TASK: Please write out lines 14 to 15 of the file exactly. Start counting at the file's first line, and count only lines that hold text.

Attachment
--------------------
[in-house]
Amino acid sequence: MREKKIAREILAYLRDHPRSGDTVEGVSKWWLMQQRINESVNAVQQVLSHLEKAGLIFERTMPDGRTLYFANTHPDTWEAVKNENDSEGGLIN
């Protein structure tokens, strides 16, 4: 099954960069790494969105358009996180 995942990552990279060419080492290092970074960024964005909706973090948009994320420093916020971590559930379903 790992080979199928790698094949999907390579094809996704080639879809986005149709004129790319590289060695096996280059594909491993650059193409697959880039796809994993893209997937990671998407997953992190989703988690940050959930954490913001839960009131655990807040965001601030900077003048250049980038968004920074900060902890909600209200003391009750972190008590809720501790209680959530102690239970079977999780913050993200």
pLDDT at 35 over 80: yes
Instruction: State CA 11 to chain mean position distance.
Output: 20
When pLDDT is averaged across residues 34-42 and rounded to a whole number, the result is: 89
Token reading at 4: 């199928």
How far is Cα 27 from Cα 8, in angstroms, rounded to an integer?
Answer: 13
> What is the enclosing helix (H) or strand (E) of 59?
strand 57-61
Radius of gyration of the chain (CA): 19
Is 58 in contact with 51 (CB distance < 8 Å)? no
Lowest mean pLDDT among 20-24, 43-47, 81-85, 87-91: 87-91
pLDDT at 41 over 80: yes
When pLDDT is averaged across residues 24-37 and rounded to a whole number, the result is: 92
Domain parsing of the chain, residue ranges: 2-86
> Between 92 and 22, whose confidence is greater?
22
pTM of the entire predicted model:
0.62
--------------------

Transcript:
Is 58 in contact with 51 (CB distance < 8 Å)? no
Lowest mean pLDDT among 20-24, 43-47, 81-85, 87-91: 87-91